It is common knowledge that food brings people together. For people with dementia, food is especially necessary because food can help nourish the body, brings enjoyable memories and often becomes conversation starters. For those who may be losing interest in food or dislikes participating in mealtimes, eating food becomes an intended activity to help focus on stimulating their senses in the hope of encouraging them to eat or to enjoy food again.
The activities held at KOPWA’s Archbold House are developed to create relevance and significance. We hope to encourage our residents to engage with events that hopefully they find pleasurable, help maintain their identity and build social relationships amongst each other.
One such activity is cooking. Residents come together weekly to make food and share with other residents. The act of food preparation and consumption is rewarding, for it releases happy neurochemicals in their brains that often remain in their body even after the activity is completed. For some residents, cooking assists in their cognitive and motor abilities. It increases their confidence, value and feels respected when they see other residents enjoying the food they have made.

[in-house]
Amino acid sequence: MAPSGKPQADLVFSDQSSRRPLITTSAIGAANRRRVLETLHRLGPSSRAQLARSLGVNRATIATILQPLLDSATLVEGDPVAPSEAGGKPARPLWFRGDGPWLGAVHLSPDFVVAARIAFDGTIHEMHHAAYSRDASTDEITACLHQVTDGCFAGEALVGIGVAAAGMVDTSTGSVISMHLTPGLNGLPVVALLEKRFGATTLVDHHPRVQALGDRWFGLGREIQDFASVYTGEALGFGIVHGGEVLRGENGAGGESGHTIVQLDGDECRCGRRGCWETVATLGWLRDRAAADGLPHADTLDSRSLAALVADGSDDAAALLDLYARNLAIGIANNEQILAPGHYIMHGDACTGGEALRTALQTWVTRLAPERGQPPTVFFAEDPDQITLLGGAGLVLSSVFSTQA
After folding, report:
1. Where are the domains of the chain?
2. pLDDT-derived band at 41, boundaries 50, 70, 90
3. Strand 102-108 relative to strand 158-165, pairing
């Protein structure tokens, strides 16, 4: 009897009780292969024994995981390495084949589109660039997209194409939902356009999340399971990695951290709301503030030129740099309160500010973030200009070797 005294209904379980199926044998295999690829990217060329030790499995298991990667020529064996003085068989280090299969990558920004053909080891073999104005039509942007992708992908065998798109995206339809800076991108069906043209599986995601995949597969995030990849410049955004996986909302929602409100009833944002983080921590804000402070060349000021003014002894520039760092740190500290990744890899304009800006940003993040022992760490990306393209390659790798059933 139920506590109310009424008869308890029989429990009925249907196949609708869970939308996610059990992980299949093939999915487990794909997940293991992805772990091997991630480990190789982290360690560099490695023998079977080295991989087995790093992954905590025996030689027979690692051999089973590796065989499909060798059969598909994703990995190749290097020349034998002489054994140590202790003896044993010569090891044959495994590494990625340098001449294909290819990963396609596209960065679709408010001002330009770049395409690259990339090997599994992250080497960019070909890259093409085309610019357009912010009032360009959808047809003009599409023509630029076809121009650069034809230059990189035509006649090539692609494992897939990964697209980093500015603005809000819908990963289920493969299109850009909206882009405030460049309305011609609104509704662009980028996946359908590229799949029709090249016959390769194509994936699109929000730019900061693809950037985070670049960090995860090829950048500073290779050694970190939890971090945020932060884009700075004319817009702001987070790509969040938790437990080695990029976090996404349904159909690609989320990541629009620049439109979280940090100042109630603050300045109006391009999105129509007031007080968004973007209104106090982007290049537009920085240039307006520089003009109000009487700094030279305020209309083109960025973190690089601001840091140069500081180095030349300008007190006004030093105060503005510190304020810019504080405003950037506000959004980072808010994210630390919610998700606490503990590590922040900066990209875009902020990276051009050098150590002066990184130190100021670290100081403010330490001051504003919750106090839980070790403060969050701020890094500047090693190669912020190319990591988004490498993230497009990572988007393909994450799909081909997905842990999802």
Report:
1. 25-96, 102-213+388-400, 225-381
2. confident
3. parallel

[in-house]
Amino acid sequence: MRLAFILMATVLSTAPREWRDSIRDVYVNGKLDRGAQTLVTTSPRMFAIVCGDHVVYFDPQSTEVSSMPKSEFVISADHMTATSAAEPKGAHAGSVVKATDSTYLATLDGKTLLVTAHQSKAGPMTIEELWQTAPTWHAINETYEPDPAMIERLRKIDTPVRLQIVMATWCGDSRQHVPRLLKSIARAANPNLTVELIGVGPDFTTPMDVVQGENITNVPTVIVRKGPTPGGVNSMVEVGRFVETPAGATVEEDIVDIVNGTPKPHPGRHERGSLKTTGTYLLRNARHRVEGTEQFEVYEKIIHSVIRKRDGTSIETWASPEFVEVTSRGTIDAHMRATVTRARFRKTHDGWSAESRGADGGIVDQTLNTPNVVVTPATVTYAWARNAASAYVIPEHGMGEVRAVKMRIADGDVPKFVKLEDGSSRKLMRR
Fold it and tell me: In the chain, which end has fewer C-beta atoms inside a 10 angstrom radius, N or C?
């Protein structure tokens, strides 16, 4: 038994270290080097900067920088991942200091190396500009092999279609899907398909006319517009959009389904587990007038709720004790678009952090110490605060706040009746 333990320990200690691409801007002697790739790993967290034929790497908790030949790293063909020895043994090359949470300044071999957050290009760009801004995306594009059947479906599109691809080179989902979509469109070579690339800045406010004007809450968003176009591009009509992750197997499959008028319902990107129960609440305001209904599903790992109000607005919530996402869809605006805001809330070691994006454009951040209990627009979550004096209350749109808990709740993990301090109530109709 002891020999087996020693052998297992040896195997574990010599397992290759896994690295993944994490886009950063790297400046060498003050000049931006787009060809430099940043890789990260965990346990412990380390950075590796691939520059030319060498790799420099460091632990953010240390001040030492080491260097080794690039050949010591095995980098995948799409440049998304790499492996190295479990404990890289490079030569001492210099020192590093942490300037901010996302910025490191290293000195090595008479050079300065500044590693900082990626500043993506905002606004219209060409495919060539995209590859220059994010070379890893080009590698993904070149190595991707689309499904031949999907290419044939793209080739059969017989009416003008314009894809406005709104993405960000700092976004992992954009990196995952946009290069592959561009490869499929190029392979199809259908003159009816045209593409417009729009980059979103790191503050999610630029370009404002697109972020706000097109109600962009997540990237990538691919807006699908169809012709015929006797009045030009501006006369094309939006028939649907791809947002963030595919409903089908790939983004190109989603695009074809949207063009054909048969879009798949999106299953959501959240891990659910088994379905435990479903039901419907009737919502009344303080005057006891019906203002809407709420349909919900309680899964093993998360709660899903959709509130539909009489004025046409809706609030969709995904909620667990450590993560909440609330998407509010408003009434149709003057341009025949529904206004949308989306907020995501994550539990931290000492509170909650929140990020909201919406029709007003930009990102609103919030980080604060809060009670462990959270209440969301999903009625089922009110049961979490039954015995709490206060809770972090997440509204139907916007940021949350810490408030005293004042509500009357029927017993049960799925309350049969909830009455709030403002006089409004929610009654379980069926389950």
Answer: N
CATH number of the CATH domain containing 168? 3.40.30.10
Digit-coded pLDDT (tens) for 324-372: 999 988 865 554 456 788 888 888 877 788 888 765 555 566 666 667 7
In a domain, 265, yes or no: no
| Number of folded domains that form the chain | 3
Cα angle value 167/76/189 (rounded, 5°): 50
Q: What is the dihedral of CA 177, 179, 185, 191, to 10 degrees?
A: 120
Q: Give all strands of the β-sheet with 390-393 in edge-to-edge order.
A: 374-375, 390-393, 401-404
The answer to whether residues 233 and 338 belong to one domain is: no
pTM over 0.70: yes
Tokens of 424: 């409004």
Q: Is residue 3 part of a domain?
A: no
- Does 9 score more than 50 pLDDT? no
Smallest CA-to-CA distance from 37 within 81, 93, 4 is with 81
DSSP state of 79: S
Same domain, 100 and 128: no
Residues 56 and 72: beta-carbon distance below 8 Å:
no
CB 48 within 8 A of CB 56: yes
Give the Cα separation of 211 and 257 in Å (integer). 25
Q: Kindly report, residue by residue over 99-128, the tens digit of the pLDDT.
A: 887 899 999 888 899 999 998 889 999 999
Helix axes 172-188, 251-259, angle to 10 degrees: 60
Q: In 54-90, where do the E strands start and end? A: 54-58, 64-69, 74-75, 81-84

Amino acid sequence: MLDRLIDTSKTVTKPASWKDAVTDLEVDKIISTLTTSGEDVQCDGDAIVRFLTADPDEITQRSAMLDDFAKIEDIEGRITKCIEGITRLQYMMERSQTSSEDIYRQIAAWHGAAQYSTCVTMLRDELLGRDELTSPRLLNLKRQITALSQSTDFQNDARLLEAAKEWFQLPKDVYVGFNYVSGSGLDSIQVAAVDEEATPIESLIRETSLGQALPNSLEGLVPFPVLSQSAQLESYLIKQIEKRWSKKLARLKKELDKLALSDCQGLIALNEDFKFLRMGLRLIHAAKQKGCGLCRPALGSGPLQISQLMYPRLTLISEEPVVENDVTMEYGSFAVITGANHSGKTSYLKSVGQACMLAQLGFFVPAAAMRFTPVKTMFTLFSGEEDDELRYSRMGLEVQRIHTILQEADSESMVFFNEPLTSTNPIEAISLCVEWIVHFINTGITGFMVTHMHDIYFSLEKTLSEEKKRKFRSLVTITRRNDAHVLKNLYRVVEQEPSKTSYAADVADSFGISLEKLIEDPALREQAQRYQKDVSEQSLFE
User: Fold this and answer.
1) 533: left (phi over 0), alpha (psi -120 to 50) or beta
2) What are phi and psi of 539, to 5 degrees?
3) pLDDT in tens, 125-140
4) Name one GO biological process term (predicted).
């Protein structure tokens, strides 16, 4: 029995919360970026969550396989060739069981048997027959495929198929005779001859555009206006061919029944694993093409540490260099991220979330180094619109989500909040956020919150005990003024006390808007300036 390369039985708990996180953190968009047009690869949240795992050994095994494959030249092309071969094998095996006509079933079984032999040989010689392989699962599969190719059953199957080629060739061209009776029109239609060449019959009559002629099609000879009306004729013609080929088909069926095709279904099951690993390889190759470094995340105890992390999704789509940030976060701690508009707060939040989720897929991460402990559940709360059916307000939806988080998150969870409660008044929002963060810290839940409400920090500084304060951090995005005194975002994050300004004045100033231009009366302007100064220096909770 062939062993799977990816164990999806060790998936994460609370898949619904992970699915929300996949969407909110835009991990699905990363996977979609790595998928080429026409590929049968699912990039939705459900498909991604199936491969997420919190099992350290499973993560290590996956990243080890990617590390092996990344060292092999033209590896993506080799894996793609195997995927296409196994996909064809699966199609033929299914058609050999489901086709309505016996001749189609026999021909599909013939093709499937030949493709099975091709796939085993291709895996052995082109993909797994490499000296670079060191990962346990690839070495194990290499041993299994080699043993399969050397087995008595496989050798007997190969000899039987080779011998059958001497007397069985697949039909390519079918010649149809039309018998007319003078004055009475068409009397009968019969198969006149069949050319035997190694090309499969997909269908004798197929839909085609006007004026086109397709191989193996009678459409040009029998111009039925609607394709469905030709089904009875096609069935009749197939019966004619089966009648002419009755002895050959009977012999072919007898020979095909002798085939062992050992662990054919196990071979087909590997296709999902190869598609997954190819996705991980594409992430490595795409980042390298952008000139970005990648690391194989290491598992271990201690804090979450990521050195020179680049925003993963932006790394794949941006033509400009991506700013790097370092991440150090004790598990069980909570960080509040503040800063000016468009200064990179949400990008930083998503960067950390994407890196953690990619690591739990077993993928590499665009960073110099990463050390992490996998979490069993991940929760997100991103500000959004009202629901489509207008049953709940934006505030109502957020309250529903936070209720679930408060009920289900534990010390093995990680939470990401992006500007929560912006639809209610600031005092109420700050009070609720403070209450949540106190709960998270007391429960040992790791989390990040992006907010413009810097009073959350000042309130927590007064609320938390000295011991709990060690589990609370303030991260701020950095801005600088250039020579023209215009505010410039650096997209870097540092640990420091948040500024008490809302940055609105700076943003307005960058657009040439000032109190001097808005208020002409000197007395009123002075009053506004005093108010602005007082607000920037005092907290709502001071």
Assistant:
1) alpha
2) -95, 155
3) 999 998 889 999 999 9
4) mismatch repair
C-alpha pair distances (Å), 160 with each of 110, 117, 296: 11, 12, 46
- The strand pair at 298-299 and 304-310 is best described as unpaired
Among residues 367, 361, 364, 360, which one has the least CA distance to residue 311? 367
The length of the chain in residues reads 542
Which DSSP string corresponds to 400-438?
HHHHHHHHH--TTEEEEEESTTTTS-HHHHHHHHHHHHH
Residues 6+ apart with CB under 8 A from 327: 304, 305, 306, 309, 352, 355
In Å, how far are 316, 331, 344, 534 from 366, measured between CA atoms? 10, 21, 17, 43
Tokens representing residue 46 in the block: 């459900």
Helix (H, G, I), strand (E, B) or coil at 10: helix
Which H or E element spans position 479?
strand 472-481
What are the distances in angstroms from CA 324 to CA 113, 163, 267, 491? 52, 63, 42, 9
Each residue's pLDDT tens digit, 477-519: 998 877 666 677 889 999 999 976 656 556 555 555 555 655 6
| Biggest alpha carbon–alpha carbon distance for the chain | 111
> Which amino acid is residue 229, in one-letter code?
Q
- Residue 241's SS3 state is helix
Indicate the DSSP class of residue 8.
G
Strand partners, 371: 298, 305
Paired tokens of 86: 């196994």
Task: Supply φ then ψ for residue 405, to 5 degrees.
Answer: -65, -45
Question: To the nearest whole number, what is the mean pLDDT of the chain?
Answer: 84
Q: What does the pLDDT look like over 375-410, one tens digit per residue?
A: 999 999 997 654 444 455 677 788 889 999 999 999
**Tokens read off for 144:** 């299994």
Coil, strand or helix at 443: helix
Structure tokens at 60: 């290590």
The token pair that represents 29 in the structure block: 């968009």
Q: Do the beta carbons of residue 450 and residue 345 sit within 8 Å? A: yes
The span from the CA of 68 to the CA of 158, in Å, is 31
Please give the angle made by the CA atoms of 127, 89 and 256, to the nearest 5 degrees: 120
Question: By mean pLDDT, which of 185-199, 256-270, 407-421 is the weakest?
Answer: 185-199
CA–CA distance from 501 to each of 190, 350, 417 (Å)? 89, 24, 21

For those who are unable to help prepare food, they use the time to share their stories of food culture and memories to engage in conversation with those around the table. Bonds of friendship are being built amongst each other.
Residents are continually having to interpret the environment around them and give meaning to their own situation. Therefore activities such as cooking bring multifaceted benefits and add value to our residents’ lives and help maintain their identity.
For more information on the other types of activities that are held in KOPWA, contact us on firstname.lastname@example.org